Citizens lose faith in government
Published: Thursday, October 24th, 2013
It shouldn’t come as any surprise that we citizens are losing what little faith in government we had after the last government partial shutdown fiasco. About 800,000 so-called non-essential government workers were furloughed for three weeks while both political parties tried to make it look as if the other was responsible for the mess.
According to the most recent Gallup poll Oct. 3-6, only 18 percent of Americans are satisfied with the way the nation is being governed, which is down 14 percentage points from the 32 percent recorded last month before the partial government shutdown began. We are surprised that as many as 18 percent are happy with the government being run as it is now. You would think it would be less than that.
This means that 82 percent of us are not satisfied with the way our government is currently functioning, which should be a wakeup call to both political parties and the president. Instead of solving any of our problems, we continue to delay decisions that need to be made to solve them. The term “kicking the can down the road” has become so overused it is getting ridiculous. How many times can we kick that can?
For instance, Congress extended the $16.669 trillion debt ceiling by allowing the Treasury Department to issue as much debt as is needed through Feb. 7 next year. Current spending levels are authorized through Jan. 15. They didn’t even set a limit on the debt Treasury could incur. So until next Feb. 7 any amount of money can be spent, which seems to be a worse solution than we had before. At least we had a debt ceiling before all this occurred. Is the government totally out of fiscal control?
An Oct. 17 article by Annie Lowrey in The New York Times points out that while the government will operate under different rules for the next few months at least, nothing in the new debt law changes the fundamental situation. “The government cannot borrow more than authorized by Congress, which means that the potential for default remains alive.” This makes some sense.
It seems that Congress has no control over the nation’s purse strings anymore because of all of the entitlement programs that keep growing and there seems to be no attempt to root out the waste, fraud and abuse that is so rampant in government today. The so-called debt ceiling means nothing more than a figure that has to be routinely raised to accommodate increased spending. Nothing is ever seriously done about spending cuts, other than talking about them.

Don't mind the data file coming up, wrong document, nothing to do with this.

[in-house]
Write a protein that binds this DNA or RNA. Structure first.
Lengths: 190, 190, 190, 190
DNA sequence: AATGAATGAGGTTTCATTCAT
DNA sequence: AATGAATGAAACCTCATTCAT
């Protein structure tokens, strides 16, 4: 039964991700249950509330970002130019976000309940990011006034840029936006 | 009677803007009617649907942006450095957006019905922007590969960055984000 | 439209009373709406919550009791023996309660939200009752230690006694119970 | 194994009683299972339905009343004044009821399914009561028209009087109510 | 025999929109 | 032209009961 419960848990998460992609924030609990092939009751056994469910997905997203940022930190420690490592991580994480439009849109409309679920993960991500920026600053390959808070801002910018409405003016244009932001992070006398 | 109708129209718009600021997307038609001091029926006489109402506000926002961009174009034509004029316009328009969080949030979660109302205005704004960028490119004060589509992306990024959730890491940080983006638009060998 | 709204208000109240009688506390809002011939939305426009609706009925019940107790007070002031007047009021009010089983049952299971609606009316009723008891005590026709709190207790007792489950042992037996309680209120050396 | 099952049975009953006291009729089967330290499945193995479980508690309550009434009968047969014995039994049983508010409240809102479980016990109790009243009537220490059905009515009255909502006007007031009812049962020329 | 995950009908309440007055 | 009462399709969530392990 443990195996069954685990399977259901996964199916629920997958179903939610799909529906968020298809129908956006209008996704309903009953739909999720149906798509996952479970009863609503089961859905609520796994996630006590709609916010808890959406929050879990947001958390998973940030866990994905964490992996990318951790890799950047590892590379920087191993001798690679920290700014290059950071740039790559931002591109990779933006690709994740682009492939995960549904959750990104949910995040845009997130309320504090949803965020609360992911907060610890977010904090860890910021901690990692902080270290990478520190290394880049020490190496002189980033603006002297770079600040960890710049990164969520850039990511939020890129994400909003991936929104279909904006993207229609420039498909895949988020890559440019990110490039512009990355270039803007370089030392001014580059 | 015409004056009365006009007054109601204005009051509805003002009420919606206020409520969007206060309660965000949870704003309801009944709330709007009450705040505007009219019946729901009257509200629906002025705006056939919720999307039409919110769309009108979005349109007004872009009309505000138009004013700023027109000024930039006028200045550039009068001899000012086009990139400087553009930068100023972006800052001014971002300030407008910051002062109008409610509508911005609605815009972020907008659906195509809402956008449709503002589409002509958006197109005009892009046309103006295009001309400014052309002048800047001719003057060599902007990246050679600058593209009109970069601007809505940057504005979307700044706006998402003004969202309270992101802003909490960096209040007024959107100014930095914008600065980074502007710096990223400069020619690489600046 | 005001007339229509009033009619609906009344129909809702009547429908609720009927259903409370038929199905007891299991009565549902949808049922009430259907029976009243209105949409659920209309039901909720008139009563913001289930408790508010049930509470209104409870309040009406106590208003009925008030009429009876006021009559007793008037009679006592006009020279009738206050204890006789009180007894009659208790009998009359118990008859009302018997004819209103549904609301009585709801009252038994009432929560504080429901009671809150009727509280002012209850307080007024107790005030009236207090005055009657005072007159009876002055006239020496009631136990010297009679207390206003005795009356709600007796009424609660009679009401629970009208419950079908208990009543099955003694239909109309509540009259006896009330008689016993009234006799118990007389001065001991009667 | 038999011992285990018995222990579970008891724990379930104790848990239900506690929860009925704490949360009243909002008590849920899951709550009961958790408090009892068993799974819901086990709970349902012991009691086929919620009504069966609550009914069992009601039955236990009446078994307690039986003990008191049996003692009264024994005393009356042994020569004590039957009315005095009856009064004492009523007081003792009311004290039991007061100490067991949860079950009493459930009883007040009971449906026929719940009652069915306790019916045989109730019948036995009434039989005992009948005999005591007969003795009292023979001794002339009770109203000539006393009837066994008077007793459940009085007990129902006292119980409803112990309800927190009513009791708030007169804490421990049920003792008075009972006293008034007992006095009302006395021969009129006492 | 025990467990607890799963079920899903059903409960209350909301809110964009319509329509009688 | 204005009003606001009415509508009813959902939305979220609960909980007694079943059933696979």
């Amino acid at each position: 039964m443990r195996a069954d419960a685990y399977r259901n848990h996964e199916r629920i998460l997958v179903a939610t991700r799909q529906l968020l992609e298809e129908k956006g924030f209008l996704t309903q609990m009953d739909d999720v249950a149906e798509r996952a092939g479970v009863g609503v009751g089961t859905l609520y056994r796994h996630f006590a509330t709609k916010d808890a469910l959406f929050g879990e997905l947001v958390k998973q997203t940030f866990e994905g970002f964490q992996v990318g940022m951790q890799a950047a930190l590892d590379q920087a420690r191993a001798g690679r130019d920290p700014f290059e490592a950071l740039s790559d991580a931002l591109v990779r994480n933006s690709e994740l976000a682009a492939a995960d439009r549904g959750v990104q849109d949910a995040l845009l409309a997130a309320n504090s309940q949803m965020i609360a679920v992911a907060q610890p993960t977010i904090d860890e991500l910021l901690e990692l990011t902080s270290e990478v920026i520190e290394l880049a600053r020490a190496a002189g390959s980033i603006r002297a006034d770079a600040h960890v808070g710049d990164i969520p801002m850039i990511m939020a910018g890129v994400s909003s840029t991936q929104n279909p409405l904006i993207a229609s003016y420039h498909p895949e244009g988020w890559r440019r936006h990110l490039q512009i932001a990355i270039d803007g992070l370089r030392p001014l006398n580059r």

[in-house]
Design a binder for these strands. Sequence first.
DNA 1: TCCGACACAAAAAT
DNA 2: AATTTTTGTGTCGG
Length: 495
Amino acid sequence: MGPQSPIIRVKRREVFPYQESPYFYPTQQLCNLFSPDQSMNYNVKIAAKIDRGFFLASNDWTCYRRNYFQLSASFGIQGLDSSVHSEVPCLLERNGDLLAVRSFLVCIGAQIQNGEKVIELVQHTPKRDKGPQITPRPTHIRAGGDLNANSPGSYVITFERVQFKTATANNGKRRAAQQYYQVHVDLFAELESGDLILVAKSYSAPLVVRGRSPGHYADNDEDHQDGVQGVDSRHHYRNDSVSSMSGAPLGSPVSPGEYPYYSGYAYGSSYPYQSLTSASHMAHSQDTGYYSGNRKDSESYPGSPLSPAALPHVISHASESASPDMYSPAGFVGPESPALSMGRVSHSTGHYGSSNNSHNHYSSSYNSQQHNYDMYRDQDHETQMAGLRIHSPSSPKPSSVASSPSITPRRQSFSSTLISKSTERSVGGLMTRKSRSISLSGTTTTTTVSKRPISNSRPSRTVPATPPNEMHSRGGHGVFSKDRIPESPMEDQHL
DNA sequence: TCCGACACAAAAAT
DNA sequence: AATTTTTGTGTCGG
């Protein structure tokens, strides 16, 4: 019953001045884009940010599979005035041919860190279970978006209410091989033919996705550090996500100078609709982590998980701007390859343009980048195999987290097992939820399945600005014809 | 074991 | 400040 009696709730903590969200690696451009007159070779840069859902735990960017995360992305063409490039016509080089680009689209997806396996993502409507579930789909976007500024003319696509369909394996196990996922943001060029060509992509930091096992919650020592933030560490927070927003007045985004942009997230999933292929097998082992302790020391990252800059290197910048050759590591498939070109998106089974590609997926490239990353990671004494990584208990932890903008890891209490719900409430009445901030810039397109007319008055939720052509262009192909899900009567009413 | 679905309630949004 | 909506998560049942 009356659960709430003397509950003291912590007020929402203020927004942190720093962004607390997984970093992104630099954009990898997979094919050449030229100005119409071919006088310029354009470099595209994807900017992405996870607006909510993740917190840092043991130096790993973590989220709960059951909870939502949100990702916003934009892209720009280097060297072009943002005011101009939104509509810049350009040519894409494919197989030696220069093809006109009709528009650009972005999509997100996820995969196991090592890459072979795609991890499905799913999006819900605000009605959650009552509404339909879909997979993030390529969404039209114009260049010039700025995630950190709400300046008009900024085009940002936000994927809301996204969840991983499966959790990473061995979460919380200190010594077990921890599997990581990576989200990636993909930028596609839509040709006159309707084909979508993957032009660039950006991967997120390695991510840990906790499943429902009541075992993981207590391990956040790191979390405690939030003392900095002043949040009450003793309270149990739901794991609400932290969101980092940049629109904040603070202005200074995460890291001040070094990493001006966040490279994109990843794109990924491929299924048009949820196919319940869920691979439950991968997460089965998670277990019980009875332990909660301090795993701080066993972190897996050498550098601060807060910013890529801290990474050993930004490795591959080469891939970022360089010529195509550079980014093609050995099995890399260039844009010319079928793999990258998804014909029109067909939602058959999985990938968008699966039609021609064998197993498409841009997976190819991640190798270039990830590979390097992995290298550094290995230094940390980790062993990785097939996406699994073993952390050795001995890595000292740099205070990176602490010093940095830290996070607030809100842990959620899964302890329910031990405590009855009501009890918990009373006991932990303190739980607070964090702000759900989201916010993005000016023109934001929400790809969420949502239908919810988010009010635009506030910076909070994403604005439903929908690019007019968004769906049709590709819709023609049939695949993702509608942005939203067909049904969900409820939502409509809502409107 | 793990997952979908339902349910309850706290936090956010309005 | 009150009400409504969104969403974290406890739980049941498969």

In the last go-around, Democrats seem to have gotten most of what they wanted. The president, members of Congress and their staffs will still retain an unbudgeted subsidy to help pay for their cost of Obamacare and the labor unions and big businesses will still get their exemptions from the health bill. The only concession Republicans won is the requirement that the government confirm the income eligibility of people receiving federal subsidies under the health care program, which should have been an essential part of the original bill in the first place.
The latest Gallup poll report says the president’s job approval rating dropped three percentage points from the second quarter this year to the third quarter. It now stands at 44.5 percent which puts him in the middle of the pack from recent presidents during this same time period. It appears the hard core liberal Democrats are still in the president’s camp.
An ABC News/Washington Post poll this past Tuesday shows that members of Congress have only a 12 percent approval rating, which is a new low in 40 years of polling. This is the worst rating since Gallup polls dating back to 1974 when 85 percent of Americans disapproved of the Legislative Branch after a government shutdown. Worse news for incumbents is that 47 percent disapprove of the actions of their own elected representatives with only 43 percent approving of their performance.
With low approval ratings like these, you have to wonder how these figures could possibly get any worse.
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